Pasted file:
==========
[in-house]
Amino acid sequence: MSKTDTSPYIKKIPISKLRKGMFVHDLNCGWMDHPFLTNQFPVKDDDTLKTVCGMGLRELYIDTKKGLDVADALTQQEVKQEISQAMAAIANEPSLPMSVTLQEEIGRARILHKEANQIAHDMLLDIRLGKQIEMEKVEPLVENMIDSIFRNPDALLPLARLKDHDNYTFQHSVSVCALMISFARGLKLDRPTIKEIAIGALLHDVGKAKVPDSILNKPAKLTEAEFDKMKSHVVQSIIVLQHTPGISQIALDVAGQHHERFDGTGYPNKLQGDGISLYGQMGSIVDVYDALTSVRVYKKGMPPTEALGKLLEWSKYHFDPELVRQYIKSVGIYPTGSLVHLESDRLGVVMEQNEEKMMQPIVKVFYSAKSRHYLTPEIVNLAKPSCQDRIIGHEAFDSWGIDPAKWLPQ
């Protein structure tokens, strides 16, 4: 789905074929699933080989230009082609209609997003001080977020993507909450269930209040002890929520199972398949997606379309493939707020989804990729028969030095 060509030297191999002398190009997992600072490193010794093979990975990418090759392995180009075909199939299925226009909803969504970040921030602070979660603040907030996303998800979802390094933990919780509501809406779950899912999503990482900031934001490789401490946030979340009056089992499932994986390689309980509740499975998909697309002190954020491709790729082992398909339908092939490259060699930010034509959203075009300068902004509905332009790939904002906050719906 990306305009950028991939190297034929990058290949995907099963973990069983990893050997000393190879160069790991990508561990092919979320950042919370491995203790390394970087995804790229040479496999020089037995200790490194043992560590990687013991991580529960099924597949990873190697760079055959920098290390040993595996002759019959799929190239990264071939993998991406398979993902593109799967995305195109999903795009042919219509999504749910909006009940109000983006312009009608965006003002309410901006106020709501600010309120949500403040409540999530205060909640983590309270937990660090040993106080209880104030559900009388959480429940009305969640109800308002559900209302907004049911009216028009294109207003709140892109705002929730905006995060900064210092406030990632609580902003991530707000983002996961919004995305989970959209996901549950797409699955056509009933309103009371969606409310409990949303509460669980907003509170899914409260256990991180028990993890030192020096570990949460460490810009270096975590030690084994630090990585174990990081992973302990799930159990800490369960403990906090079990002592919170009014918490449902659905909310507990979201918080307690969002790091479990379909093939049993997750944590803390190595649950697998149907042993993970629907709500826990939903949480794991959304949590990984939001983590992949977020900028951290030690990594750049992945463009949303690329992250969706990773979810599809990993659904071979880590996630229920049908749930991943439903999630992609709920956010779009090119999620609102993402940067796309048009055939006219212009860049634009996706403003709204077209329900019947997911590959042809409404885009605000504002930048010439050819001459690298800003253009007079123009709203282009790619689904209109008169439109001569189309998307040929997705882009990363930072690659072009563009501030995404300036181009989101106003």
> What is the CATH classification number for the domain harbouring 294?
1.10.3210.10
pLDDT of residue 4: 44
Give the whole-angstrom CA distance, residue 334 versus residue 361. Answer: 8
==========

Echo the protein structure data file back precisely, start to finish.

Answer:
[in-house]
Amino acid sequence: MSKTDTSPYIKKIPISKLRKGMFVHDLNCGWMDHPFLTNQFPVKDDDTLKTVCGMGLRELYIDTKKGLDVADALTQQEVKQEISQAMAAIANEPSLPMSVTLQEEIGRARILHKEANQIAHDMLLDIRLGKQIEMEKVEPLVENMIDSIFRNPDALLPLARLKDHDNYTFQHSVSVCALMISFARGLKLDRPTIKEIAIGALLHDVGKAKVPDSILNKPAKLTEAEFDKMKSHVVQSIIVLQHTPGISQIALDVAGQHHERFDGTGYPNKLQGDGISLYGQMGSIVDVYDALTSVRVYKKGMPPTEALGKLLEWSKYHFDPELVRQYIKSVGIYPTGSLVHLESDRLGVVMEQNEEKMMQPIVKVFYSAKSRHYLTPEIVNLAKPSCQDRIIGHEAFDSWGIDPAKWLPQ
């Protein structure tokens, strides 16, 4: 789905074929699933080989230009082609209609997003001080977020993507909450269930209040002890929520199972398949997606379309493939707020989804990729028969030095 060509030297191999002398190009997992600072490193010794093979990975990418090759392995180009075909199939299925226009909803969504970040921030602070979660603040907030996303998800979802390094933990919780509501809406779950899912999503990482900031934001490789401490946030979340009056089992499932994986390689309980509740499975998909697309002190954020491709790729082992398909339908092939490259060699930010034509959203075009300068902004509905332009790939904002906050719906 990306305009950028991939190297034929990058290949995907099963973990069983990893050997000393190879160069790991990508561990092919979320950042919370491995203790390394970087995804790229040479496999020089037995200790490194043992560590990687013991991580529960099924597949990873190697760079055959920098290390040993595996002759019959799929190239990264071939993998991406398979993902593109799967995305195109999903795009042919219509999504749910909006009940109000983006312009009608965006003002309410901006106020709501600010309120949500403040409540999530205060909640983590309270937990660090040993106080209880104030559900009388959480429940009305969640109800308002559900209302907004049911009216028009294109207003709140892109705002929730905006995060900064210092406030990632609580902003991530707000983002996961919004995305989970959209996901549950797409699955056509009933309103009371969606409310409990949303509460669980907003509170899914409260256990991180028990993890030192020096570990949460460490810009270096975590030690084994630090990585174990990081992973302990799930159990800490369960403990906090079990002592919170009014918490449902659905909310507990979201918080307690969002790091479990379909093939049993997750944590803390190595649950697998149907042993993970629907709500826990939903949480794991959304949590990984939001983590992949977020900028951290030690990594750049992945463009949303690329992250969706990773979810599809990993659904071979880590996630229920049908749930991943439903999630992609709920956010779009090119999620609102993402940067796309048009055939006219212009860049634009996706403003709204077209329900019947997911590959042809409404885009605000504002930048010439050819001459690298800003253009007079123009709203282009790619689904209109008169439109001569189309998307040929997705882009990363930072690659072009563009501030995404300036181009989101106003």
> What is the CATH classification number for the domain harbouring 294?
1.10.3210.10
pLDDT of residue 4: 44
Give the whole-angstrom CA distance, residue 334 versus residue 361. Answer: 8